The Maltese Islands are steeped in history waiting to be explored…
1. Go Cave hunting and discover the earliest evidence of human settlement 144 metres down (though only the first 50 are open to visitors) at Għar Dalam in the South of Malta where you can view the life size skeleton of a prehistoric dinosaur. Open Mon to Sun 9am to 5pm. www.heritagemalta.com
2. Step into Indiana Jones' shoes and go Temple hunting and explore some of the oldest temples in the world including Ħagar Qim or Mnajdra in Qrendi. Once in the area you can go on an exploration and walk down along the cliffs to Wied iz-Zurrieq (valley) for a snack at one of the local bars. Look out for the photo of the 26-foot great white shark which was caught off the coast only 20 years ago!
3. Go on a Roman trail… and visit the Dumvs Romana and St Paul's or St Agatha's Catacombs in Rabat or San Pawl Milqi in Burmarrad (this site is open only by appointment), or the Roman Baths at Ghajn Tuffieha. www.heritagemalta.com
4. Step into the Knights of Malta boots and visit the Grand Masters Palace and armoury packed to the gills with armour, swords, helmets and halberds – a spectacular arms collection bound to impress young aspiring Knights. www.heritagemalta.com
5. See how Malta's nobility lived and visit Palazzo Falson in Mdina – there are guided tours tailored for children or visit the delightful Casa Roca Piccola in Valletta. www.palazzofalson.com,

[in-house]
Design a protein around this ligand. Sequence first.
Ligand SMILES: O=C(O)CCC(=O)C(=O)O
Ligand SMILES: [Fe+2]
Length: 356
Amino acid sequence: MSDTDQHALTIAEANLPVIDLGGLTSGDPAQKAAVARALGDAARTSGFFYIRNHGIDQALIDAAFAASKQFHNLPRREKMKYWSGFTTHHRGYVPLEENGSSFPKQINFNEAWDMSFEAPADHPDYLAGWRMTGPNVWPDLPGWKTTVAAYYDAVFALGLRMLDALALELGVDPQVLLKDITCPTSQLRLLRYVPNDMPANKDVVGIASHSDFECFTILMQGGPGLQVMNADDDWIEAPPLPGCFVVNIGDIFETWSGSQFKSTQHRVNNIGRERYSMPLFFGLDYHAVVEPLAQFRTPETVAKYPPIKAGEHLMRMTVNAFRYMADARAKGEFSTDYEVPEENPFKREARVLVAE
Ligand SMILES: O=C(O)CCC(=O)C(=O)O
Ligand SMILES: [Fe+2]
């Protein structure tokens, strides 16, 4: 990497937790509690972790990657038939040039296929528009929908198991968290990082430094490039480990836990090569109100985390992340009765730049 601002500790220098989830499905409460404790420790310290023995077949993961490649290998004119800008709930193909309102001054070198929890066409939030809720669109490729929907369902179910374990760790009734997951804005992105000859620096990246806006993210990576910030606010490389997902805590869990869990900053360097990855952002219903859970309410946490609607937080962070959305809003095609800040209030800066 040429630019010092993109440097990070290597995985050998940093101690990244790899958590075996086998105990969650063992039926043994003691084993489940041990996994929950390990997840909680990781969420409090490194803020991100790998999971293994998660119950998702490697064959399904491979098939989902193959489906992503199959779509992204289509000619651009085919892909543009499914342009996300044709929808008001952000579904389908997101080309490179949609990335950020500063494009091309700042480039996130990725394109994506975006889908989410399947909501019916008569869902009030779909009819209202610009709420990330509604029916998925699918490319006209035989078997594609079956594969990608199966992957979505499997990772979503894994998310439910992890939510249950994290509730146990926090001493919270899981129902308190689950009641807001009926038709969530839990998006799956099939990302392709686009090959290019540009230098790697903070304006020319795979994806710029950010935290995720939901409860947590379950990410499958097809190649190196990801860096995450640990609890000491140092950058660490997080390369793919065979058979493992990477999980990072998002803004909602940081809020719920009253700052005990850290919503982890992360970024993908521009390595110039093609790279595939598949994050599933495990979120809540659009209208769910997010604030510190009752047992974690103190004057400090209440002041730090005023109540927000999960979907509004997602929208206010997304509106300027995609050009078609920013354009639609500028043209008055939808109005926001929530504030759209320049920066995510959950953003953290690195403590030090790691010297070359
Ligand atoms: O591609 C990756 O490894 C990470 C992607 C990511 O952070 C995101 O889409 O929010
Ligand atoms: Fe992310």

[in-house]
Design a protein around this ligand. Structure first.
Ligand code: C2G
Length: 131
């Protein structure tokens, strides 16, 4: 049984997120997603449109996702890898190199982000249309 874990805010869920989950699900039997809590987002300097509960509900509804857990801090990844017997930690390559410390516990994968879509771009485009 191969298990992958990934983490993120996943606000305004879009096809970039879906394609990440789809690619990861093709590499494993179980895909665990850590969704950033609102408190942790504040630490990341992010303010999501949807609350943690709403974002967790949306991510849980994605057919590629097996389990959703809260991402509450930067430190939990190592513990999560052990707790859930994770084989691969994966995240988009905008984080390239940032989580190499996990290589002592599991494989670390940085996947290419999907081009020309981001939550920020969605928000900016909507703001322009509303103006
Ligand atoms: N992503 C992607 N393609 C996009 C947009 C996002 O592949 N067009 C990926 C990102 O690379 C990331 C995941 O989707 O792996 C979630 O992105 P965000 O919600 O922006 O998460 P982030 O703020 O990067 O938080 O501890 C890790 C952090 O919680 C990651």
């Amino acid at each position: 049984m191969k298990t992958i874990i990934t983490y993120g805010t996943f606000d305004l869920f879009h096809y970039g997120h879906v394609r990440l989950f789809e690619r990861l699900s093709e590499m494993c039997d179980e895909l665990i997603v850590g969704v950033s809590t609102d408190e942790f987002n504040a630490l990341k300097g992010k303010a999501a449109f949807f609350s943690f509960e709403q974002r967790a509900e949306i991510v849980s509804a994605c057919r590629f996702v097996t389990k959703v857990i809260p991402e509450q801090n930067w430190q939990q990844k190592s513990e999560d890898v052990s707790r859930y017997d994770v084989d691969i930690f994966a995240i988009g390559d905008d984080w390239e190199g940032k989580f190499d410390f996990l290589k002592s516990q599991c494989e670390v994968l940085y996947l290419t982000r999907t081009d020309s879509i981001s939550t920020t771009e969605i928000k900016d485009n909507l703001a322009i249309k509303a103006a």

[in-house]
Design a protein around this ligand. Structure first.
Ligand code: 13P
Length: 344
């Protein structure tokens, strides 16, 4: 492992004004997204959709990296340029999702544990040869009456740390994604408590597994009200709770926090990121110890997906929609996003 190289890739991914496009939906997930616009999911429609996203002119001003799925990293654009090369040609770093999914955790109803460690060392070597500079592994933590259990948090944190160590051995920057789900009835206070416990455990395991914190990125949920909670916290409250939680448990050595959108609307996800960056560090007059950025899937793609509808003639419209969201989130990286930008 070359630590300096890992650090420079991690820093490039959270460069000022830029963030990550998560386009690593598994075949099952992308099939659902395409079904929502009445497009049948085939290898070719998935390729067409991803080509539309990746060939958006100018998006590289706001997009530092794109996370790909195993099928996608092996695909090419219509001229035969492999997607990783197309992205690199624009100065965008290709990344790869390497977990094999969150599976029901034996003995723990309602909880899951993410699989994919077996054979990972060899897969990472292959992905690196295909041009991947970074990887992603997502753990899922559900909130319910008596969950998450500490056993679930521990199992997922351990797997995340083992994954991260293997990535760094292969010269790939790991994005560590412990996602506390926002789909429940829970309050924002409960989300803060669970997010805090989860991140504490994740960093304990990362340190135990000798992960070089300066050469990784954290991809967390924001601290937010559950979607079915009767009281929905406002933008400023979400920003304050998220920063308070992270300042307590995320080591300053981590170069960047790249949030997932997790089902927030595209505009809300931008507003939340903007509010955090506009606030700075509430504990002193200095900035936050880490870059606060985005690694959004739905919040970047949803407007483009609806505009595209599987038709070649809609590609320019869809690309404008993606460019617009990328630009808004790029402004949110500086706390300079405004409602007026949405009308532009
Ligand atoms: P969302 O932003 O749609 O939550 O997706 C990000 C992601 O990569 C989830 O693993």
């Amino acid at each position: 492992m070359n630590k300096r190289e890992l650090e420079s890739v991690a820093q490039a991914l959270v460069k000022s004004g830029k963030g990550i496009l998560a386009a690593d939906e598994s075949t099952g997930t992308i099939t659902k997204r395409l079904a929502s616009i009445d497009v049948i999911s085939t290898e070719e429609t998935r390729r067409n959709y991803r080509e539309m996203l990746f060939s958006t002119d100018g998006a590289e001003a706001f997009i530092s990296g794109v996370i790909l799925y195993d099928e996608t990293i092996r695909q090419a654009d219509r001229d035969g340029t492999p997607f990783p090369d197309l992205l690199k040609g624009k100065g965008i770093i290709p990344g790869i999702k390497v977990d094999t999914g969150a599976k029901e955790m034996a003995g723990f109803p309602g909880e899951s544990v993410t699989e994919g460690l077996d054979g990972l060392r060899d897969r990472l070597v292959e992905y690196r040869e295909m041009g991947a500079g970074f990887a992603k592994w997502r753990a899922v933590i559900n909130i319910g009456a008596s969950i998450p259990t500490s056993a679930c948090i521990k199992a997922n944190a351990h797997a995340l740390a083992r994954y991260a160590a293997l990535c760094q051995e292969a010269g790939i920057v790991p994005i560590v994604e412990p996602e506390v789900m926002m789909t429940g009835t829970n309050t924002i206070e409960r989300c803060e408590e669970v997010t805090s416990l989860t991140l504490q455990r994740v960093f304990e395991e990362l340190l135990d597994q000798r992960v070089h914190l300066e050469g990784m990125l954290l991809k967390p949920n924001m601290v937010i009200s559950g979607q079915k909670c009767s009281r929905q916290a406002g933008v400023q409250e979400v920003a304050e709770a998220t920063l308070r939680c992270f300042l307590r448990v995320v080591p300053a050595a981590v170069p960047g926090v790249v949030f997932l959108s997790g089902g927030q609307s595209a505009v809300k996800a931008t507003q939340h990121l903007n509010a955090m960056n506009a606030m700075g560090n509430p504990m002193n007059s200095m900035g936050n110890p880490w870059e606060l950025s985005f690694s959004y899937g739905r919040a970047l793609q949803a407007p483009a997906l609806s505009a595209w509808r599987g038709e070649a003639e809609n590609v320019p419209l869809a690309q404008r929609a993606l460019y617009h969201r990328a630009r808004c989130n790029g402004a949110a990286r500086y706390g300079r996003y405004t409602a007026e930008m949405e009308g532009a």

6. For aspiring soldiers a visit to Fort Rinella in Kalkara is a must! Malta's liveliest museum where history comes to life daily from Monday to Sunday at 2.30pm sharp. Volunteers dressed as late 19th century Victorian soldiers will take visitors on an animated tour around the fort. This tour combines excellent guiding with lively and colourful historical re-enacting. The tour starts with the firing of an original Victorian cannon (which you can also fire!). This is followed by a live demonstration of how the fort would have been defended during an attack. The group is then directed into the fort only to be challenged by the sentry guarding the gate! More displays will take place inside the fort including military signalling, firing of rifles, bayonet practice, military cooking and more. Much use of original period equipment and weapons is made throughout this tour. Opening Times: Monday – Sunday: 9.30am- 5.00pm. Catch bus no 4 to the Fort from Valletta. www.wirtartna.com
7. See how kids lived and survived during the 2nd world war in underground air raid shelters built beneath the Vittoriosa bastions at Couvre Port. If you are feeling peckish stop and have a snack along the marina or at one of the bars within the city square. Open 9.30am – 4pm. www.birgu.gov.mt
Planes, perhaps no trains but boats and automobiles….